It was time to choose a new journal — to begin a new treasure trove of writings and daily reflections.
I sorted through my stash and chose the one that spoke to me — sparkly with pink flower blossoms on both front and back covers. Then opened it to begin a new entry.
A gasp. A memory. Fresh tears.
Written in her unique handwriting was the message my precious friend Deb shared when she gave me that journal. “Your faith can move mountains.”
Underneath the sentence, a mustard seed scotch-taped to the page.
I had forgotten that particular journal was a gift from Deb, a reminder of the verse in Matthew 17:20 where Jesus said, “If you have faith like a grain of mustard seed, you can say to this mountain, ‘Move from here to there’ and it will move. Nothing will be impossible for you.”
The irony of the verse lies in the size of a mustard seed — only slightly larger than a pin-head.
Yet if we have even that tiny amount of pure faith, total belief in the One who can answer insurmountable prayer requests, we can see metaphorical mountains begin to move.
Deb believed this truth and passed it on to me. She had no idea how short her life would be, how I would treasure her memory and the friendship we shared.
She would have laughed at how I caressed that mustard seed and kissed the writing that came from her hand. She would have been surprised when I cut that cover off and framed it as a constant reminder of who she was and who we were together.
Handwriting is a sacred gift — a special scribbling that identifies us and preserves the energy of its author. It leaves a legacy, a historical mark that we lived. We made an impression on this earth, simply because we existed.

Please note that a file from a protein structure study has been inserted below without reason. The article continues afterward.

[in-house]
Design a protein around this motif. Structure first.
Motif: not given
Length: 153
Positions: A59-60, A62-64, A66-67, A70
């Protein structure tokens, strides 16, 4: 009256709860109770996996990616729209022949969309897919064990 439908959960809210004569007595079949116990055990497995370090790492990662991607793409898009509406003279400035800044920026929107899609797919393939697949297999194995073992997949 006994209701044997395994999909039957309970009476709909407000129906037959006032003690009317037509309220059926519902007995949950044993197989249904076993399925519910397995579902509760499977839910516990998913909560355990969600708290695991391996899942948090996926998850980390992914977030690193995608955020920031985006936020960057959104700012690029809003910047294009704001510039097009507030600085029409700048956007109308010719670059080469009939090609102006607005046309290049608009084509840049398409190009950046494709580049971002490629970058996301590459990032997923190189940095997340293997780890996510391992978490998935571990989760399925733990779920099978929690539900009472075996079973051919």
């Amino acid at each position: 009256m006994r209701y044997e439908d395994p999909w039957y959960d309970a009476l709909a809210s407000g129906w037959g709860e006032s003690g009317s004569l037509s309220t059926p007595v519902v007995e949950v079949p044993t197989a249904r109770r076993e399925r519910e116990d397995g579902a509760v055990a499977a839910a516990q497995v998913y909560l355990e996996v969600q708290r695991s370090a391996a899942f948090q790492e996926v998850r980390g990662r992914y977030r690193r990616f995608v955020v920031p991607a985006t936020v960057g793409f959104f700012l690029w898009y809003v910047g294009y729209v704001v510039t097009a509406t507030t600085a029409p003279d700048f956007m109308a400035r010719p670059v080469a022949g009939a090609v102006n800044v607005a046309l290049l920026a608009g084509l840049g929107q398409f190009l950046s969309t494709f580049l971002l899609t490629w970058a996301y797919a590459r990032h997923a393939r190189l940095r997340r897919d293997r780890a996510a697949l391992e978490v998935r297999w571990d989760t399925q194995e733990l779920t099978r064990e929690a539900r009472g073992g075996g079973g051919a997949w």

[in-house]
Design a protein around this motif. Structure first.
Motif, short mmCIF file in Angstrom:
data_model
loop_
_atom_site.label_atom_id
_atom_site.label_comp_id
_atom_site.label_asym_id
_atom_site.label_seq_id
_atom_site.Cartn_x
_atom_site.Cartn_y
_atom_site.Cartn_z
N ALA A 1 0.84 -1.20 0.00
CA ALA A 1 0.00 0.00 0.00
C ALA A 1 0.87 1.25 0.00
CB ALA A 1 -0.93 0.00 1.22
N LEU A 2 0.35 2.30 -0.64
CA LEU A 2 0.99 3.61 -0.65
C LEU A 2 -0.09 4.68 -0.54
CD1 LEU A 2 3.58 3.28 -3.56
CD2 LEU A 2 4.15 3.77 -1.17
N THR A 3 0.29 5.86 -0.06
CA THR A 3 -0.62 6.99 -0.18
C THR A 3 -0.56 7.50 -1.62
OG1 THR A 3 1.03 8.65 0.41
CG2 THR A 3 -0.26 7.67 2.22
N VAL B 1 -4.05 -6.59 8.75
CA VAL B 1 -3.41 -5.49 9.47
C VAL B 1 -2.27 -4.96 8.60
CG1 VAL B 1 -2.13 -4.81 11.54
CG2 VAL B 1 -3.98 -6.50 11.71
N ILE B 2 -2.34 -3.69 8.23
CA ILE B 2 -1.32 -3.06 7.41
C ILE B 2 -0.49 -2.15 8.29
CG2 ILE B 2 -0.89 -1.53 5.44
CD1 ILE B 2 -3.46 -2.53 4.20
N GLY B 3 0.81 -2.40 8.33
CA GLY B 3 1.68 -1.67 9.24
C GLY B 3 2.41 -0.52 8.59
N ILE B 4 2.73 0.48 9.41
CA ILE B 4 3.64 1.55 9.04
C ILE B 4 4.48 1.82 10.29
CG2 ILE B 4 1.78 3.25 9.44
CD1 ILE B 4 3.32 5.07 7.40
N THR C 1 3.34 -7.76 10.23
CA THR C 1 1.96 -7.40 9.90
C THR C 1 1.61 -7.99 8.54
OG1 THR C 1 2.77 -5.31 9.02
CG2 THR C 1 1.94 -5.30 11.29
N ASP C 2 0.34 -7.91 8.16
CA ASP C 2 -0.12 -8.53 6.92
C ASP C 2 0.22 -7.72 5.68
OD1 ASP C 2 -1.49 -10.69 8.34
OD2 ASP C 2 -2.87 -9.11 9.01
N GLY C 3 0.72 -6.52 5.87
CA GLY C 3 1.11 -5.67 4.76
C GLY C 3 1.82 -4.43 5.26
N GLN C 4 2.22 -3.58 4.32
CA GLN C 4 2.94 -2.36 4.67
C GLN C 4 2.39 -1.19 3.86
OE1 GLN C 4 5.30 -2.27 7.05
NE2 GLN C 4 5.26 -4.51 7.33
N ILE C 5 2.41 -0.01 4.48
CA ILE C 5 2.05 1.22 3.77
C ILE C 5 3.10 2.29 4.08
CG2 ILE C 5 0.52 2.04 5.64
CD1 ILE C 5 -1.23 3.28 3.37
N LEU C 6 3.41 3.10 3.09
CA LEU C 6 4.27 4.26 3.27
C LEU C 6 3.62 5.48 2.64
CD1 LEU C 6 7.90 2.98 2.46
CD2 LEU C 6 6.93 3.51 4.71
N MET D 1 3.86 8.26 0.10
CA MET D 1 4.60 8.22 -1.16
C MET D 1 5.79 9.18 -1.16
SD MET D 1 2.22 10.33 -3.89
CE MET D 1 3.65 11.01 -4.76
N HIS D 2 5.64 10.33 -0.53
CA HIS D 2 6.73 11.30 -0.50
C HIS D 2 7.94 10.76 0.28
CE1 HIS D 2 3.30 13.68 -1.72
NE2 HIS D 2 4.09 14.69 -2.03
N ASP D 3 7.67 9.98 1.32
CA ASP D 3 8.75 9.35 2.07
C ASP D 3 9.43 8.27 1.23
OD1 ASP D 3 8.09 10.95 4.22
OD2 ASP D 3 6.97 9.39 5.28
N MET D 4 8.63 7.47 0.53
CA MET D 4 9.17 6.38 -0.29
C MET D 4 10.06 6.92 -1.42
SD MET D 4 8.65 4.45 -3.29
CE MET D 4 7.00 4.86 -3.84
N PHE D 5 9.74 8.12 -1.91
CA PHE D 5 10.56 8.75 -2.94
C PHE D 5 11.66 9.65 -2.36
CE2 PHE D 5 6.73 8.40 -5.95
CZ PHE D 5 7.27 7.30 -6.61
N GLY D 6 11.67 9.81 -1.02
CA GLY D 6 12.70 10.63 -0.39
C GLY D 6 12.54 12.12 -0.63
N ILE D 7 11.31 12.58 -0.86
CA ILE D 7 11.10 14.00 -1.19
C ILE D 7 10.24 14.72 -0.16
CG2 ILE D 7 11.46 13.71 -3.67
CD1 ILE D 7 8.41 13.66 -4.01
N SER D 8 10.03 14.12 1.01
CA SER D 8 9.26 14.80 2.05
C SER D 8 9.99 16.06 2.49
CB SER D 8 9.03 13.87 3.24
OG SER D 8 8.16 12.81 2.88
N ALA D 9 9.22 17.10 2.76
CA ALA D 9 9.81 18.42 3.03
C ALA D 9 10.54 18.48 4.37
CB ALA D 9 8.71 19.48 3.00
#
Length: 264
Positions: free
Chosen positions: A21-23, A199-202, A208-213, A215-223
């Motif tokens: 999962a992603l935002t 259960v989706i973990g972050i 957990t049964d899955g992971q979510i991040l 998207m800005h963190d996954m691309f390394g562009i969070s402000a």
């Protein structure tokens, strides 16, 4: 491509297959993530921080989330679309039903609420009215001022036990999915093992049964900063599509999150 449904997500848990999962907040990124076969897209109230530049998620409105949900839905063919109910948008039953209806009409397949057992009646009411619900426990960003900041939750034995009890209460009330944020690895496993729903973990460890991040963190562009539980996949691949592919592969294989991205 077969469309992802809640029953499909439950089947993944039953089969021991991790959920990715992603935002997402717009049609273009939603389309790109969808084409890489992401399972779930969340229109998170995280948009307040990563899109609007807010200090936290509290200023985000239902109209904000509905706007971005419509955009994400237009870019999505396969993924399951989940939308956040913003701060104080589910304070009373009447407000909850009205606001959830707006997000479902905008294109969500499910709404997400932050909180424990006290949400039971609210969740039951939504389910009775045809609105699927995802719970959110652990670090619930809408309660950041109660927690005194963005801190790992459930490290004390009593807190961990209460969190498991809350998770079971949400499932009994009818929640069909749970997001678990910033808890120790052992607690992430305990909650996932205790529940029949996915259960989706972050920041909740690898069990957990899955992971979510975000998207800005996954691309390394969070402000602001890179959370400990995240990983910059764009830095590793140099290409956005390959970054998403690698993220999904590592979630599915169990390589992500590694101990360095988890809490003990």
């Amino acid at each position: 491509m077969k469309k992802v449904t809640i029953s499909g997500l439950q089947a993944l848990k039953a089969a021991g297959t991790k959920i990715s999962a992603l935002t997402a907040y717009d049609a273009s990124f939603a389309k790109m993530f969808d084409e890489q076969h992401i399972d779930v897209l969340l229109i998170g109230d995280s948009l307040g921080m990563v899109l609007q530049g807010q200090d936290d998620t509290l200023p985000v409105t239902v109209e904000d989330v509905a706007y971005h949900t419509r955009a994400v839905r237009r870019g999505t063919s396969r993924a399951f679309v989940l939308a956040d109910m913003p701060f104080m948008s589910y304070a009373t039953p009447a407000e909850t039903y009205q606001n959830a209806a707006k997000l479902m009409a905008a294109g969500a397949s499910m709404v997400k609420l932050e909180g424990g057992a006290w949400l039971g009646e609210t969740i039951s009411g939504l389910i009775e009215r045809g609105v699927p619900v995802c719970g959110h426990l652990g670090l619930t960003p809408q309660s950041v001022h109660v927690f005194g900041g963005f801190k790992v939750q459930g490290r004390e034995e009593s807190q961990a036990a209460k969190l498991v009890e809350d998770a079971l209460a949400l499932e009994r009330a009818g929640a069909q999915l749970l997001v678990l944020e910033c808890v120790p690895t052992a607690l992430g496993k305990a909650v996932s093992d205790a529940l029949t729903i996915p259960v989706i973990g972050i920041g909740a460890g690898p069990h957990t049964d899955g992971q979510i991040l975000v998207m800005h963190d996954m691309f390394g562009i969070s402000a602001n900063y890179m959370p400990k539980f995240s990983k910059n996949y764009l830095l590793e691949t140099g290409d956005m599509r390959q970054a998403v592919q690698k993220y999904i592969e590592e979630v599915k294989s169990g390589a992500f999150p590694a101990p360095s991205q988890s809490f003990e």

Although Deb is gone, her handwriting proves how she lived and the influence she left on those of us who knew her and loved her. And this reminder of our shared faith has become an art form I now preserve.
I think we all need to write and send more cards, letters that tell about our days, messages that share hope. To slow down and share words that will bless the receiver and prove the significance of our words. Computer keys cannot store the treasure of a friendship like a handwritten note.
Thanks, Deb, for this incredible gift. And for reminding me once again, to find hope in faith.
©2019 RJ Thesman – All Rights Reserved
For an easy-to-understand booklet about faith, check out Uploading Faith: What It Means to Believe.
Rebecca, As I read your email today the tag cursive handwriting stood out to me. Unless things change we will have a generation of young people who cannot write in cursive, in fact, I have met some who cannot read cursive writing no matter how beautiful it is. States are no longer requiring schools to teach cursive writing. To these young people they are going to have a difficult time getting a driver’s license or registering to vote because they cannot write their name. Only can print. As a teacher for 25+ years from elementary to college level I cannot conceive what our future holds in America. Sincerely Ronald W. Pollard I Corinthians 1:18
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Thank you for the comment. I would imagine that in the future, we will have no handwriting of any kind. Every one will have a tattoo or an implanted chip. That’s why our handwriting is so special.
Rebecca: Thanks for your always thoughtful and touching posts. I think you know that I’m right there with you on the importance of cursive handwriting. And while I hope you’re prediction in your reply to Mr. Pollard is wrong, I strongly suspect it’s not. Thanks again.
Thanks, Mike – I appreciate the encouragement !
I agree. We should write more to each other. There’s a human connection through the handwritten that is certainly missing in the digital era. Truman’s wrote letters to each other. They found some 1800 of Bess’ letters to Harry. Twice that from Harry. Cherie
Good example of the Truman’s and how they communicated. We have several archives of handwritten materials from presidents. The rest of us need to take note. Thanks for the comment !